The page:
DAVID FRUM GIVES UP ON MCCAIN…. On CNN’s “Larry King Live” a few days ago, David Frum, a former Bush speechwriter and Giuliani campaign aide, offered his party some advice. “[W]e need to stop indulging the idea, which has been pretty dead for a while, this [presidential race is winnable,” Frum said. “It’s probably not winnable. It’s almost certainly not winnable.” His advice was to focus on saving some Republican senators, instead of investing in McCain.

Frum expounded on the subject today in a Washington Post piece, in which he argued that McCain is not only losing, but is also “losing in a way that threatens to take the entire Republican Party down with him.”

In these last days before the vote, Republicans need to face some strategic realities. Our resources are limited, and our message is failing. We cannot fight on all fronts. We are cannibalizing races that we must win and probably can win in order to help a national campaign that is almost certainly lost. In these final 10 days, our goal should be: senators first.

I suppose there’s some logic in this, if one agrees with Frum that McCain’s chances for victory are too remote to be taken seriously. But there are a couple of problems with Frum’s pitch.

First, Frum’s argument is predicated on an oddly paranoid premise. In explaining why Republicans should focus on “saving” vulnerable GOP incumbent senators, he argues that without 45 seats or so, Democrats will “reward friends and punish enemies,” “silence conservative talk radio,” “police the activities of right-leaning think tanks,” and demonstrate a “militant” and “angry intolerance” for dissent. In other words, the pitch is this: “Vote for Republican Senate candidates, because David Frum has an overactive imagination.”

Second, Frum believes candidates like John Sununu in New Hampshire, Gordon Smith in Oregon, and Norm Coleman in Minnesota can be saved if the party moves away from far-right “themes and messages” used by Sarah Palin. The election is nine days. Frum thinks the GOP can salvage some wins by moving to the center now? As if the nation has been unconscious the last several years?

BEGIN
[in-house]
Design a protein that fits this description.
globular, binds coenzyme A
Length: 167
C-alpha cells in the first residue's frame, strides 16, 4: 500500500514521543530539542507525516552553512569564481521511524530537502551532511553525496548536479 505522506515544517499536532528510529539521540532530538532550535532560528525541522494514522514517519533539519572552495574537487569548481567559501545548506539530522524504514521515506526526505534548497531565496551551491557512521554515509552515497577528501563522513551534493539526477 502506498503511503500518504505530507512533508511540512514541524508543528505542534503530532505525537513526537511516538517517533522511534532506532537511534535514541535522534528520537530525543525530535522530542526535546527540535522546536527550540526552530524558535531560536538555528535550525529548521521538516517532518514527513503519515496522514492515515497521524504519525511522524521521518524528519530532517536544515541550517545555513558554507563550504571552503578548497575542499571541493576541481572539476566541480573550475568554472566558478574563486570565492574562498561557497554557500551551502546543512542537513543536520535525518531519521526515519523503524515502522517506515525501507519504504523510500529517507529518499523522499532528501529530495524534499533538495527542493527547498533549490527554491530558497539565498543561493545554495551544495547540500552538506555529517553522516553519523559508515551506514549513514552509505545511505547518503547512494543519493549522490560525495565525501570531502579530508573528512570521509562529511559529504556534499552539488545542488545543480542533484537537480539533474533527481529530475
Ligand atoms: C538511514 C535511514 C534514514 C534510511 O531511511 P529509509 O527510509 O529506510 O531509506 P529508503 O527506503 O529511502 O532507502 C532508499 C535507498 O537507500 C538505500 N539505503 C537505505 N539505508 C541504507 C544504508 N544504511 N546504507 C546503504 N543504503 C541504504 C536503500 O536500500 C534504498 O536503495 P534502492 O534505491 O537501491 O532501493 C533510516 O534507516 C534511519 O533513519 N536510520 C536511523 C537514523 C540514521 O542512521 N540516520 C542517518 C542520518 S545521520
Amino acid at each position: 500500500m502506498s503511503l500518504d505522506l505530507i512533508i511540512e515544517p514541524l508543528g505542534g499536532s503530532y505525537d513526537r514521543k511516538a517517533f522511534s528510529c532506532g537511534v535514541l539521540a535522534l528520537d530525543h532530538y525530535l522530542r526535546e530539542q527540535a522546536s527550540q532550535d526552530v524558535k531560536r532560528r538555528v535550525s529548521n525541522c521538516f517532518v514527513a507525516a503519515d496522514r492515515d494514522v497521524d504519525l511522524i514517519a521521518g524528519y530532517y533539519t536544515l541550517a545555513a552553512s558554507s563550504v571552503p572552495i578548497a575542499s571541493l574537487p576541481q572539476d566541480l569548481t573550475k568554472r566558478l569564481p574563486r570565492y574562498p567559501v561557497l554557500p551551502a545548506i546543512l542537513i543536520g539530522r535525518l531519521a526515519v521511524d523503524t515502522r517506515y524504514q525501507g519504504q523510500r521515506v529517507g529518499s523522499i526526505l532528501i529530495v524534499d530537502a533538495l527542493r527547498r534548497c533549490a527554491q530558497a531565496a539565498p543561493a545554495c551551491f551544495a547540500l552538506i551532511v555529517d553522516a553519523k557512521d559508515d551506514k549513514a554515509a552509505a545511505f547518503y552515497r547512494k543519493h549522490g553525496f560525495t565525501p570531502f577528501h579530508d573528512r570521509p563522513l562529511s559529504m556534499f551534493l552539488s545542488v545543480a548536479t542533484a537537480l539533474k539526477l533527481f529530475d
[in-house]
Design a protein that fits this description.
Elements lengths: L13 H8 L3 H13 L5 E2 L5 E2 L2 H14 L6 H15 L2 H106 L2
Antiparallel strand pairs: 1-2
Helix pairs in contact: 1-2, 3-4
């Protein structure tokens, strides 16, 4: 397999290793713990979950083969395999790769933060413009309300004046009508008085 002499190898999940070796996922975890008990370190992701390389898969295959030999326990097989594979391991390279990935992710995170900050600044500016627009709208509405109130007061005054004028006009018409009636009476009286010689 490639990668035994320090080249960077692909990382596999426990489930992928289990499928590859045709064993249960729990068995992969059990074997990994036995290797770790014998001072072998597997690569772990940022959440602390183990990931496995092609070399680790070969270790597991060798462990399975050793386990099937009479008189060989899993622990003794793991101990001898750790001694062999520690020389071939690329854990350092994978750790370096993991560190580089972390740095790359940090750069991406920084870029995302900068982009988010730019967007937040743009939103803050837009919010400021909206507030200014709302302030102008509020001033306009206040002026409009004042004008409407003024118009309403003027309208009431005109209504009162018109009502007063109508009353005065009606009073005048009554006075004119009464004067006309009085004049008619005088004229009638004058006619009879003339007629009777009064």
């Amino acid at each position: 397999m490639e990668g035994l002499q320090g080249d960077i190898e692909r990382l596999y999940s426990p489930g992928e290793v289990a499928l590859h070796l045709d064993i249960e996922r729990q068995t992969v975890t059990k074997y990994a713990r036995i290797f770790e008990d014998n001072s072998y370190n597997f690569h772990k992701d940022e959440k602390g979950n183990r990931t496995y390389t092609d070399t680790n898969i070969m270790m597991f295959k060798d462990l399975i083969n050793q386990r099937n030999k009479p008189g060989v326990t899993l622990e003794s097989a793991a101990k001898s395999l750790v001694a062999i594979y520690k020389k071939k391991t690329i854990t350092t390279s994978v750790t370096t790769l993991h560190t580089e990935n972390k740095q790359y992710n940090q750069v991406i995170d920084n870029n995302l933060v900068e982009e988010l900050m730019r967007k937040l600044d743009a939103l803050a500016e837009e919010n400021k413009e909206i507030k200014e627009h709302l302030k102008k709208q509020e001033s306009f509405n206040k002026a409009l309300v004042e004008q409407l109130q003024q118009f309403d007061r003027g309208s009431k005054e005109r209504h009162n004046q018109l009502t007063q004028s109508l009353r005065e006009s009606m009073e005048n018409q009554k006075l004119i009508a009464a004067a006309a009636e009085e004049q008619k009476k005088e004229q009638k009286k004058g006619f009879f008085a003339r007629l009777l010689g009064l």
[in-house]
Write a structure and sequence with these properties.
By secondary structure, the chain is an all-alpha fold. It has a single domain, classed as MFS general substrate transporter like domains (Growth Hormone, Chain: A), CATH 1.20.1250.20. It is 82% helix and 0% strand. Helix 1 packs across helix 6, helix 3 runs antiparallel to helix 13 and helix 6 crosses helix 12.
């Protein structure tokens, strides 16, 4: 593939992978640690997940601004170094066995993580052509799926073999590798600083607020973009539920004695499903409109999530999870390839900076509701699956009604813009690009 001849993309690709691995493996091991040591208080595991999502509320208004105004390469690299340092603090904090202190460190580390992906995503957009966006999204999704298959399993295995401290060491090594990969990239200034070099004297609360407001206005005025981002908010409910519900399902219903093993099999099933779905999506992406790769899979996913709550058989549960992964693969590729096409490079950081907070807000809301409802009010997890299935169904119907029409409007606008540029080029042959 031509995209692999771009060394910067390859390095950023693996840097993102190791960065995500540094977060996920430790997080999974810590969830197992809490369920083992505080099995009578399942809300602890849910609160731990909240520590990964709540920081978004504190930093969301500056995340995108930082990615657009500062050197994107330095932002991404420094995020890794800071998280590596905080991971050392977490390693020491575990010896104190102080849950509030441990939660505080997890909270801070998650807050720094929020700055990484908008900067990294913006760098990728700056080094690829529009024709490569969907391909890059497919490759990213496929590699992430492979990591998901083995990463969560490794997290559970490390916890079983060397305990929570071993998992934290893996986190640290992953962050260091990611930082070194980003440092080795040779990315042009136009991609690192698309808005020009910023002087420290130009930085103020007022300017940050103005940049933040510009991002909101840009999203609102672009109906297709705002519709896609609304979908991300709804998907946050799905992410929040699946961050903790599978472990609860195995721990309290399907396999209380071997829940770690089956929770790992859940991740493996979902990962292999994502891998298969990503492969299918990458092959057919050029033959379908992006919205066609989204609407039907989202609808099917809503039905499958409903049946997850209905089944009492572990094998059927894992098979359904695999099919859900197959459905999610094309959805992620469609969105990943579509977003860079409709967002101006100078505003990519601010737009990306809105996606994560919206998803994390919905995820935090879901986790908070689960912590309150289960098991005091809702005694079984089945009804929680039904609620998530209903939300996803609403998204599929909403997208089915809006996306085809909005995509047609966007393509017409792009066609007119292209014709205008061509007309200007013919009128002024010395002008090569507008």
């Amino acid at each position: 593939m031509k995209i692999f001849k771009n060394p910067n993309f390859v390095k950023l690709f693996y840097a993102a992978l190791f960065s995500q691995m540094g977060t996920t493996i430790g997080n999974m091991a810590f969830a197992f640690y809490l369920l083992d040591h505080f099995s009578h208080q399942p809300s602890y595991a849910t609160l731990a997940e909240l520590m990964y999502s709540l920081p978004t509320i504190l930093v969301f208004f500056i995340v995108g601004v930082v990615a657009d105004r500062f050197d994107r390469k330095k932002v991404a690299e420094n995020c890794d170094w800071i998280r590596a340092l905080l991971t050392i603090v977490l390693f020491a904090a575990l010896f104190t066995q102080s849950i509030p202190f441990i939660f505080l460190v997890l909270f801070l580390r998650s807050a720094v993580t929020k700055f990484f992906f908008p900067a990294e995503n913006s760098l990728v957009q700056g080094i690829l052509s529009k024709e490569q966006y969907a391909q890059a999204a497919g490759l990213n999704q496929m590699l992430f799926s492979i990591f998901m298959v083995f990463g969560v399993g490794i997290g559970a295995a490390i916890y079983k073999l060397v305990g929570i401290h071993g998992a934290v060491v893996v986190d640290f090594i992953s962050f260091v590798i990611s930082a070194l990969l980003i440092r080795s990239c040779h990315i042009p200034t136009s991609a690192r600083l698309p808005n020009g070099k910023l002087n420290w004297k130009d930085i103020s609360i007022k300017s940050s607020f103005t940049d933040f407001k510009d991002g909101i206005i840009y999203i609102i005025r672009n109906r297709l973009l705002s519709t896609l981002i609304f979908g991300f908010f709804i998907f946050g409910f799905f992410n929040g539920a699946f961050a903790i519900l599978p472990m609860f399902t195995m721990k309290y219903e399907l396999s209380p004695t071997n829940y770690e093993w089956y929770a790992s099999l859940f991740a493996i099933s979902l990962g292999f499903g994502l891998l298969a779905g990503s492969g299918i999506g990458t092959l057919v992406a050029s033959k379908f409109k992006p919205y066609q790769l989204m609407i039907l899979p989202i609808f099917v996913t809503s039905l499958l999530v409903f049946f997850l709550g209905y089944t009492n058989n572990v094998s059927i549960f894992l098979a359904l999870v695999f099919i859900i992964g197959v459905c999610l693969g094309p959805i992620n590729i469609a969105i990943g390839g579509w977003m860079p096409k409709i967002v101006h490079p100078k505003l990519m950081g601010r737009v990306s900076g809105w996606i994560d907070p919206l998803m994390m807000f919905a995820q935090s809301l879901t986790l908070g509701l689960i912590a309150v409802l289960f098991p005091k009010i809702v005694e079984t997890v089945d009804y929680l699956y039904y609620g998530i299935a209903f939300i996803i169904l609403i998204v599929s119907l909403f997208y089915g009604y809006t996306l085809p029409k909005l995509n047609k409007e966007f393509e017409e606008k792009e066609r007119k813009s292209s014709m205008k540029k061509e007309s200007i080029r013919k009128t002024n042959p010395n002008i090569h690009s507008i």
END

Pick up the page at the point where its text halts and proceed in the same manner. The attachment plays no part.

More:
Frum’s argument is not completely ridiculous, at least when it comes to the RNC’s resources. That the Republican National Committee thought it wise to spend $150,000 on Sarah Palin’s campaign wardrobe, while the party’s congressional candidates are struggling, is very hard to defend. If the RNC were to give up on McCain altogether, and focus its remaining resources on down-ballot races, it might make a difference.

But he likelihood of Republicans taking Frum’s advice seems remote. They’ve come this far with an incoherent strategy, and it’s too late in the game to change it now.

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Follow Steve on Twitter @stevebenen. Steve Benen is a producer at MSNBC's The Rachel Maddow Show. He was the principal contributor to the Washington Monthly's Political Animal blog from August 2008 until January 2012.